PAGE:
The Powers can provide souls under their control, including both sapient and lesser creatures, and the deceased or unborn. The Power must be contacted directly, with all the inherent risks of that procedure. If the Power agrees with the creator, he will place a soul into the item. Although this procedure can be riskier and costlier than the normal soul transfer process, the souls delivered are frequently superior in total mental ability, and do not need to be geased to remain faithful to their alignment and the creator's purposes. In fact, they are probably more devoted and infallible than the creator!
Another source of intelligence is the creator himself. He can give an item intelligence by implanting a portion of his own life-force into it. This procedure is extremely costly and dangerous, but can be very rewarding as well. Through a ritual, which will be left for the individual referee to detail but which should probably include Lord Research, the creator implants a large portion of his life-force (either half or one quarter of both experience levels and life energy levels, rounding up) and creates an item with intelligence equal to his own (for half his levels) or three quarters of his own, rounding down (for one quarter of his levels).
In addition to gaining an absolutely loyal item with the normal capabilities given to an item by its intelligence, such a personal power transfer is an investment (possibly a risky one). Naturally, such an extreme loss of experience and life-force will handicap the creator severely, mandating at least three months of vacation. After that time, the creator can begin to acclimate himself to the item, so that he begins regaining the power he lost (a rate of one level per month or two months seems appropriate). He will eventually surpass his old levels of life energy and experience, gaining power equal to the number of levels originally sacrificed. Of course, if the item is lost the creator drops back to the level he should have after the sacrifice, so these items are usually rings or other items that are difficult to lose, and are frequently disguised as innocent items. Furthermore, if the item is destroyed (a difficult process), the maker will lose twice the number of invested levels, which will be fatal if he drops to level 0 or below. These items will seek to return to their creators if lost, or fulfill their goals if return is not possible, and will use their influence on any new user to meet this end. They also give power in proportion to the power of the user, equal to half his level. Thus, a ring created by a level 30 spell-user will make him level 45, but would only increase a level 2 user to level 3, and the item's other abilities would be rationed in a similar manner.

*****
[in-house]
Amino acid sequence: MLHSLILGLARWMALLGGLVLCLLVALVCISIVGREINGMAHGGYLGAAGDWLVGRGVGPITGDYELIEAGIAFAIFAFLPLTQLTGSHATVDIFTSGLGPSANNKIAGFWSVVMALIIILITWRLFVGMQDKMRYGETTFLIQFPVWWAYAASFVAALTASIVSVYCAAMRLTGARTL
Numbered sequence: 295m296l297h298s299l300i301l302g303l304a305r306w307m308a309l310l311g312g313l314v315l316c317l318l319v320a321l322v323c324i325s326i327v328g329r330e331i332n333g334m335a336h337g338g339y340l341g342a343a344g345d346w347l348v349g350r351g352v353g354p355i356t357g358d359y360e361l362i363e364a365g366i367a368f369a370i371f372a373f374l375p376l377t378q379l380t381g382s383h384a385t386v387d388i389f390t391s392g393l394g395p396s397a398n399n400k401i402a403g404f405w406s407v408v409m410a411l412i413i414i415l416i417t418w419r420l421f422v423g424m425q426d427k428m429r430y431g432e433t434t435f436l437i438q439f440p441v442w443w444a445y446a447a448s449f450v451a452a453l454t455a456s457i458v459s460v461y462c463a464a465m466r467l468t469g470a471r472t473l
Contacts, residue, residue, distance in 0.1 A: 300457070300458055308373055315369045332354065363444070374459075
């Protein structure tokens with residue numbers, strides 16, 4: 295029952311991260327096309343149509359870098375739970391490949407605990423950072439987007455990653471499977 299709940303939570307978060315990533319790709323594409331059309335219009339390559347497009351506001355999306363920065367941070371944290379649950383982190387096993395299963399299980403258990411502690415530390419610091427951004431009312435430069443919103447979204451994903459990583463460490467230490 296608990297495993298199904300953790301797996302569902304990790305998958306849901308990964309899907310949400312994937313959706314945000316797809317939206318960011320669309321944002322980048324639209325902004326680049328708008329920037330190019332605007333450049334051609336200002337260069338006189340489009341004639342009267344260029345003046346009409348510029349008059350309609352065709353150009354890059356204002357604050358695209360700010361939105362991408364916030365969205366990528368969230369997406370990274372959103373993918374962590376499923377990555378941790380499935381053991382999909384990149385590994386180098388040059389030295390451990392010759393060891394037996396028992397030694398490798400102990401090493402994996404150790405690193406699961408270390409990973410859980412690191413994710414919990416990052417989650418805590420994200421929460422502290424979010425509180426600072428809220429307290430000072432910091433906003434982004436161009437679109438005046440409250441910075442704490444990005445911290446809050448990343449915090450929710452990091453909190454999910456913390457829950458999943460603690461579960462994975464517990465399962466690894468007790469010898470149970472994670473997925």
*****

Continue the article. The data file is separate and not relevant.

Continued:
|Lady Galwen the Golden|
|Cardinal John Whitechapel|
Of course, the classic literary example of this procedure is Sauron forging the One Ring in J. R. R. Tolkien's works, although Sauron was a supernatural creature and therefore his ring contained vast power (about 120 levels). In appearance it was a simple gold ring, but its destruction destroyed so much of Sauron's power and works that he was forever after unable to assume physical form, even though he had gained power over the 3,000 years since he lost it.